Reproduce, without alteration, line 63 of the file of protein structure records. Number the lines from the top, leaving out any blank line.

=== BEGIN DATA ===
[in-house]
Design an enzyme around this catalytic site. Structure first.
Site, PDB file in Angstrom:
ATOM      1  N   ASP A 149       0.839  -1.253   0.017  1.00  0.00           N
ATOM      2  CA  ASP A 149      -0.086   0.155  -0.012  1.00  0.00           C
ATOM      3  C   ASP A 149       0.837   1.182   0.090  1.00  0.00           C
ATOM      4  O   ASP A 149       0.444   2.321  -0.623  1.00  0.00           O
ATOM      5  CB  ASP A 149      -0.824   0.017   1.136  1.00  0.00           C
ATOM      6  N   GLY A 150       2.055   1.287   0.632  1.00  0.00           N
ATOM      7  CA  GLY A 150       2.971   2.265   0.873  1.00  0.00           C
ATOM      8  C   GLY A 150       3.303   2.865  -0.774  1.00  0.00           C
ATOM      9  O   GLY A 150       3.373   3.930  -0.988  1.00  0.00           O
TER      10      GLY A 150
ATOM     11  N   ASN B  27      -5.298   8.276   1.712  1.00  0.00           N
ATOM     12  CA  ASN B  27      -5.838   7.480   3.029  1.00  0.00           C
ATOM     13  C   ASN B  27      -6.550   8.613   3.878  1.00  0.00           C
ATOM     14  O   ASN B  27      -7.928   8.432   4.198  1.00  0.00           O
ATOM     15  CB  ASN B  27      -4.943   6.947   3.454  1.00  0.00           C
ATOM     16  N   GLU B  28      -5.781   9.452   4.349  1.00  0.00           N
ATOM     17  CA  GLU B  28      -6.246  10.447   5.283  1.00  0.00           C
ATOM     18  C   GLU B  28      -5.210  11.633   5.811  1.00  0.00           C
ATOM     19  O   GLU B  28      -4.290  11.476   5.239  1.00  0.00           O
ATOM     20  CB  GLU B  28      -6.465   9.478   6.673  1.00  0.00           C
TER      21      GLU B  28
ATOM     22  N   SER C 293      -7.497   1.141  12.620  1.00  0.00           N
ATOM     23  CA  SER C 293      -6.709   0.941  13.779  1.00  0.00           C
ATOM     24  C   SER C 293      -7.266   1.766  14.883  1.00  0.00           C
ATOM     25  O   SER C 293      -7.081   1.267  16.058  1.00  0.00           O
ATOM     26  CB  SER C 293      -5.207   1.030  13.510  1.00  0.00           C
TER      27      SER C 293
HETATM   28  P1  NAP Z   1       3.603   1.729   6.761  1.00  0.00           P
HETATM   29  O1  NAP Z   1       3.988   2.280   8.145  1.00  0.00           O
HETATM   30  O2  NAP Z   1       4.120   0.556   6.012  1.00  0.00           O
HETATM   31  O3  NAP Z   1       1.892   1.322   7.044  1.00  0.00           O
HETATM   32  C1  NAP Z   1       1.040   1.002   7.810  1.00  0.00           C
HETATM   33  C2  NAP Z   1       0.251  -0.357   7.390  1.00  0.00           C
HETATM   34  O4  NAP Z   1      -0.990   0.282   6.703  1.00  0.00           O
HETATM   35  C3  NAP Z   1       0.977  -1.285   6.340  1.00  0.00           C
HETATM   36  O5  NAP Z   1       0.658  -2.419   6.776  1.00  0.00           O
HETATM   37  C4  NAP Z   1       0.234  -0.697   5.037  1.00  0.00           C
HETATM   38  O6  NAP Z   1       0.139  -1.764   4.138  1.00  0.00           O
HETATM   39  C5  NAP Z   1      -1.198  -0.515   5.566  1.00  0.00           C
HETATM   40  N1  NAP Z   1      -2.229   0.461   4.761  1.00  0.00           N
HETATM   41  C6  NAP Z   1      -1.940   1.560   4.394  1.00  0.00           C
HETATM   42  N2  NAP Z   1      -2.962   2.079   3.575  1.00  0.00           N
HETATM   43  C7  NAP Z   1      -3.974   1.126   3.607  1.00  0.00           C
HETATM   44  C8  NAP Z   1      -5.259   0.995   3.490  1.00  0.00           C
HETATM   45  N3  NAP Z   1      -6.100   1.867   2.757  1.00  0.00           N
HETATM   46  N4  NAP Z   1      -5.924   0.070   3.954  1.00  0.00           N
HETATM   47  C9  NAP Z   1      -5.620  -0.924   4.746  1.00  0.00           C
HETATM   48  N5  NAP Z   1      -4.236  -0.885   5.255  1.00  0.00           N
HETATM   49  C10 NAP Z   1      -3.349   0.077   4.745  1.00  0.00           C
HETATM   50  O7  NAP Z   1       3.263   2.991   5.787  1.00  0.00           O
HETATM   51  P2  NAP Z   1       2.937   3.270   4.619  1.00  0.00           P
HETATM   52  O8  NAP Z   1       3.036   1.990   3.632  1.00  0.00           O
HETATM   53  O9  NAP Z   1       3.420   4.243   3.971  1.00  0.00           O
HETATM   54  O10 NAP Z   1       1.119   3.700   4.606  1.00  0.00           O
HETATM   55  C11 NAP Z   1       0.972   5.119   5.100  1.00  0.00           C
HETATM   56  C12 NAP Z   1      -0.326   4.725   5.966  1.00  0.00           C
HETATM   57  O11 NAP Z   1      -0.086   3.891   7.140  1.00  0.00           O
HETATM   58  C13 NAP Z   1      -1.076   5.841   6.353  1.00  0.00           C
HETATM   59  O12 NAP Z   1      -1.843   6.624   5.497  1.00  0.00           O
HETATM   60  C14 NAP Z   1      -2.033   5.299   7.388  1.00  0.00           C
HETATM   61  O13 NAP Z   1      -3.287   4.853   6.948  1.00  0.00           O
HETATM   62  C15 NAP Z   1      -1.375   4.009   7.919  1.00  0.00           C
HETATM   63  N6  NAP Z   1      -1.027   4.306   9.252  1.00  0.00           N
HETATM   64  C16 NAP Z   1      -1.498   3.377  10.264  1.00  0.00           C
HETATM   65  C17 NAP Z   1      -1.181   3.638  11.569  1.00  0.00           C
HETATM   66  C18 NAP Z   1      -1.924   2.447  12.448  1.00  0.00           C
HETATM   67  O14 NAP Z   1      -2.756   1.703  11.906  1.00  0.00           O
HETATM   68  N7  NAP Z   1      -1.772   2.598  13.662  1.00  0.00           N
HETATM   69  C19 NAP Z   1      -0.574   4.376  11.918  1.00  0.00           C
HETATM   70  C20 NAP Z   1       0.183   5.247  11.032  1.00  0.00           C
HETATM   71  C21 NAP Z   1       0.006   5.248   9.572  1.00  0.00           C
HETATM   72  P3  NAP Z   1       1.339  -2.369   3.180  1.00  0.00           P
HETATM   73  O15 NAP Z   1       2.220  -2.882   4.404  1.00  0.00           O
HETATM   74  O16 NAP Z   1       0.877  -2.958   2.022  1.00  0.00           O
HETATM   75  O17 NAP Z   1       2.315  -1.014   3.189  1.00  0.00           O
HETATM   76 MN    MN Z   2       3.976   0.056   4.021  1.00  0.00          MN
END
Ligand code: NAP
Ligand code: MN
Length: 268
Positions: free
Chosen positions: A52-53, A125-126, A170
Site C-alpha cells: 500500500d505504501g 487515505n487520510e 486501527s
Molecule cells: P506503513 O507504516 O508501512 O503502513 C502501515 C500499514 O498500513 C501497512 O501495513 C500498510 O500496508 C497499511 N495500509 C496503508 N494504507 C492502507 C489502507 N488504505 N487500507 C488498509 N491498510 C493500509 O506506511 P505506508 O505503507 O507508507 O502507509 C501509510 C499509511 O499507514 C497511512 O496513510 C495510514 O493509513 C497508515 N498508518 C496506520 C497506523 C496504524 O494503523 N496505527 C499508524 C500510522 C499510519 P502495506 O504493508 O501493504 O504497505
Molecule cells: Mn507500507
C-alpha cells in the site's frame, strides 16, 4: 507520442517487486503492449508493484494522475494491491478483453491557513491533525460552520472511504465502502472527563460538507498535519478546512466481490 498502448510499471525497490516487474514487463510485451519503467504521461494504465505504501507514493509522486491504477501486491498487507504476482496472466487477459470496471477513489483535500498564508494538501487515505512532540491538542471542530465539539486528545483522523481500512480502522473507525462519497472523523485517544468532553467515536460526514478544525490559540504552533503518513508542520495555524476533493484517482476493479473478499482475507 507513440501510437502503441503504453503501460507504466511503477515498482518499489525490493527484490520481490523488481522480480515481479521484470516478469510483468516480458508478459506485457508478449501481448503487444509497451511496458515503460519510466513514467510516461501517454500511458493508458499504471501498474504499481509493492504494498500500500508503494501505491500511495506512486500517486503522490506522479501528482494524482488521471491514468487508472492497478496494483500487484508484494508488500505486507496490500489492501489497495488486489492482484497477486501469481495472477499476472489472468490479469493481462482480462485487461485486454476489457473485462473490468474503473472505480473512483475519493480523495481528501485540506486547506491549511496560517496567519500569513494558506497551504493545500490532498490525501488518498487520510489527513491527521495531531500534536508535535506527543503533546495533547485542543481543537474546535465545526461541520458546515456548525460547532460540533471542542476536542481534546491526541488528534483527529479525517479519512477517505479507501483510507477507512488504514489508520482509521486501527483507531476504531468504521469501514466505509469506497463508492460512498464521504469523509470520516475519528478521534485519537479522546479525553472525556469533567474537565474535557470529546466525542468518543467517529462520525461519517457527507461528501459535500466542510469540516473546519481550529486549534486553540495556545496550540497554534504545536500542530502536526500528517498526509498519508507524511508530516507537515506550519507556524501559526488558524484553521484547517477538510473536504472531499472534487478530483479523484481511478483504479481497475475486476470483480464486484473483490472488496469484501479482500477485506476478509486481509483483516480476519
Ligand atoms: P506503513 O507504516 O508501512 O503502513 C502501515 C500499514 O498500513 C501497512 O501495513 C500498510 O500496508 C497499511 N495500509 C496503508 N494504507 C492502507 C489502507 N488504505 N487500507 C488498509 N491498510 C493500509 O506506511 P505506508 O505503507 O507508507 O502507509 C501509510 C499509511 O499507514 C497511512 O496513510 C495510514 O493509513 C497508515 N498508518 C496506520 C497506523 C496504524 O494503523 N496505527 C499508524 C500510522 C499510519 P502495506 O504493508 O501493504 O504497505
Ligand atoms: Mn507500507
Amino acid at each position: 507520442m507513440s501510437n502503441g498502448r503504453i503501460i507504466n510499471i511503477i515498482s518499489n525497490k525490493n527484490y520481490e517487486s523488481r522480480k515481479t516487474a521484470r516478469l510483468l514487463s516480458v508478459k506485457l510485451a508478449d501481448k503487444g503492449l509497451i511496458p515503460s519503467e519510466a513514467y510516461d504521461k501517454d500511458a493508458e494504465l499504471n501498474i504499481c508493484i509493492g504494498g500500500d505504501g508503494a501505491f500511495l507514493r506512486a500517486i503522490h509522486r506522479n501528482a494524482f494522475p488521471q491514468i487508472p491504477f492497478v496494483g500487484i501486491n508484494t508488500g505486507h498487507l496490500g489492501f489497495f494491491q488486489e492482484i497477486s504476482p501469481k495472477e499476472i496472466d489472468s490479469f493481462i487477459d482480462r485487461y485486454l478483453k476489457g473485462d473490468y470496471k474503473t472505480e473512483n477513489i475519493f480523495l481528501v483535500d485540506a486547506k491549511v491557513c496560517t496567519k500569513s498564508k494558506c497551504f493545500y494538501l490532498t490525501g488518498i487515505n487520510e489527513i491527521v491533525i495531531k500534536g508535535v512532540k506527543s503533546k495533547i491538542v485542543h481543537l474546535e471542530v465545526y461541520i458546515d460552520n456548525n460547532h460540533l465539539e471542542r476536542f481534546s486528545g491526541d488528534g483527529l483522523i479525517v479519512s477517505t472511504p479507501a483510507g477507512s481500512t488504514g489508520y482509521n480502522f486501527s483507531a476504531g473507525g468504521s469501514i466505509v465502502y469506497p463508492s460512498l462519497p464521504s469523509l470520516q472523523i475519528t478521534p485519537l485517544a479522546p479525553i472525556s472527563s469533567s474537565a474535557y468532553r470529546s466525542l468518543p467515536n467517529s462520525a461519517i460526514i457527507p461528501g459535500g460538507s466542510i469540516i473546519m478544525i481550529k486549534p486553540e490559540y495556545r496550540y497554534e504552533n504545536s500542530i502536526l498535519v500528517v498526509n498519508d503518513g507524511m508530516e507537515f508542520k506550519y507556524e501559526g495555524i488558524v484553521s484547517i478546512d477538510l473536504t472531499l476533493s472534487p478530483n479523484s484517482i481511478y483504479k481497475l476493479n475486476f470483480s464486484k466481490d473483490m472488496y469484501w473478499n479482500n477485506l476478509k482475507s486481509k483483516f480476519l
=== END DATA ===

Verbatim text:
HETATM   60  C14 NAP Z   1      -2.033   5.299   7.388  1.00  0.00           C